Submitted by: Foundation for a Sustainable Future
Categories: Business Ethics
Posted: Jan 06, 2007 – 11:09 AM EST
PITTSBURGH, PA., Jan 2, 2007 -- Carnegie Mellon University’s Tepper School of Business has added a “Sustainable Technology” award to its 2006 Annual McGinnis Venture Competition.
This is an important addition because -- in light of depleting resources and global warming -- there is an increasing sense of urgency in developing environmentally-responsible and sustainable technology to address energy issues that are commercially viable.
The Sustainable Technology contest is open to MBA students worldwide with a business plan that can meet traditional profitability and ROI standards, and also demonstrate a ”dual bottom-line” result -- that is, yield both financial and environmental benefits. Contestants have a chance to win between $15,000 and $100,000 in prize money, an opportunity to raise additional capital, intellectual property services, and business mentoring.
These competitions have catalyzed many entrepreneurs with more than just seed money, according to Vanessa Stewart, whose startup company Soltage raised initial funds by winning several business plan competitions. “The true value was the trial by fire in front of over 45 VCs and business folks,” she said. After that, her company raised angel money from every single investor approached.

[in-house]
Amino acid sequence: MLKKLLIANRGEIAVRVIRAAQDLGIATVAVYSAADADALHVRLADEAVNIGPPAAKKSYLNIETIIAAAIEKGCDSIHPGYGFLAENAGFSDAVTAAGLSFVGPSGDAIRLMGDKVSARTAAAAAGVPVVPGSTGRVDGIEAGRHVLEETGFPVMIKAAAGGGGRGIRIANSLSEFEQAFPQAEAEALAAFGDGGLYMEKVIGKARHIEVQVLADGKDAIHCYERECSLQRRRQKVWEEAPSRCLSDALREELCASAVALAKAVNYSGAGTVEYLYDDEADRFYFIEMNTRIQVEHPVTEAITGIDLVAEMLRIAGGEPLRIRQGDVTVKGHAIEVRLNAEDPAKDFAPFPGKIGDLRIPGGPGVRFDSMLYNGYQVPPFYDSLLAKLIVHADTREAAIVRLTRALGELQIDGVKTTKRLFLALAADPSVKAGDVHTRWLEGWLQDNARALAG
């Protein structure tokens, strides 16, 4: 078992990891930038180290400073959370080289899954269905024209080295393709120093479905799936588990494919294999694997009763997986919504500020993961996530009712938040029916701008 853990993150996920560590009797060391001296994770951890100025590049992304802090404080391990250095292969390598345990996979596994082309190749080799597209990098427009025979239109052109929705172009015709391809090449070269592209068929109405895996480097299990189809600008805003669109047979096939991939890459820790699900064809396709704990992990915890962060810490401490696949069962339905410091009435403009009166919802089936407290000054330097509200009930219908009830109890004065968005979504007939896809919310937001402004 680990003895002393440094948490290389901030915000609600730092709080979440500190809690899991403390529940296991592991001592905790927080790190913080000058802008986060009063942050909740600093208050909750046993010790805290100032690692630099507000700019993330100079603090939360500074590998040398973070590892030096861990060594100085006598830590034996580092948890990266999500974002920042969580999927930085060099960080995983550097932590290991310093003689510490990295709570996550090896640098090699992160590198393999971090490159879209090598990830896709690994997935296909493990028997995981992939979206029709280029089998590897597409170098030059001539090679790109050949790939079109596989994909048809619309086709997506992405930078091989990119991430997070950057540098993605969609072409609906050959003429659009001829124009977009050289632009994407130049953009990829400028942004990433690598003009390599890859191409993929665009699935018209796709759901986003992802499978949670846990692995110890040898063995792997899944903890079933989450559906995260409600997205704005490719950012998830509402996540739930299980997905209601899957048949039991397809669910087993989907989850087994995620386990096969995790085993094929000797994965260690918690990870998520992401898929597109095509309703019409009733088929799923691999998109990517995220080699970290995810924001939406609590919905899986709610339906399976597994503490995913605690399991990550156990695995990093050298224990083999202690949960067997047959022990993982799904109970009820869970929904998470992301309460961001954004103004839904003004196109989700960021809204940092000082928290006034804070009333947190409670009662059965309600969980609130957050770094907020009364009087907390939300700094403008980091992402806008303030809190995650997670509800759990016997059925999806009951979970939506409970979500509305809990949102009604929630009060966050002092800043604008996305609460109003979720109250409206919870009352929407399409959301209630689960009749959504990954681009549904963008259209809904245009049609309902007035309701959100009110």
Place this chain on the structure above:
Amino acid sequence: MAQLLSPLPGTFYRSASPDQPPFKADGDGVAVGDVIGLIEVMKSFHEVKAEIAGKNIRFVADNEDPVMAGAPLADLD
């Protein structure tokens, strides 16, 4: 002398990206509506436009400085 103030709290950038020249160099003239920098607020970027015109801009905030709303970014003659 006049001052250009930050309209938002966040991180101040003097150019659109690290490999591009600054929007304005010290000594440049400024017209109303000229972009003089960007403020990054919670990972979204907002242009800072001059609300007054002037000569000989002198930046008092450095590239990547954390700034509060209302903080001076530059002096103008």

Sarosh Kumana, founder of Sustainable-Future.org and a Tepper MBA alumnus, convinced the business school to add the Sustainable Technology Award to its annual business plan competition. Kumana expects to see submissions from all over the world. “Because some of these ideas are most needed in places like India and China, we have a Travel Award program to grant scholarships for eligible finalists. This should take the edge off the high cost of flying half way around the world to present the business idea,” he said.
The Sustainable Technology Award, will be judged by national experts in their respective fields, including venture capitalists, angel investors, and successful entrepreneurs. Contestants will be subject to the same basic judging criteria established by Tepper’s Donald H. Jones Center for Entrepreneurship, assessing profitability and originality. In addition, the award will evaluate each plan’s sustainability benefits -- for example, how the project will contribute to carbon neutrality, climate change mitigation, energy efficiency, beneficial materials (toxicity, efficiency, etc), and water security. Finally, the competitors must also discuss and analyze metrics by which these benefits could be quantified.
The competition and award ceremony will take place at the CMU campus in Pittsburgh, PA. on March 15 - 17, including a keynote speech by Vinod Khosla, a renowned venture capitalist and one of the country’s most influential advocates of green technology. Khosla received his Masters in Biomedical Engineering from Carnegie Mellon and later went on to make a fortune as a co-founder of Sun Microsystems and as a venture capitalist. He recently formed Khosla Ventures to focus on sustainable technology investments.
Contestants must submit their intention to compete by January 31, 2007, followed by the full business plan submission by March 1. To be considered for a travel scholarship, submissions need to be sent separately to the Travel Award Judging Committee by February 21, 2007.
For more information, please contact:
For more from this organization:Foundation for a Sustainable Future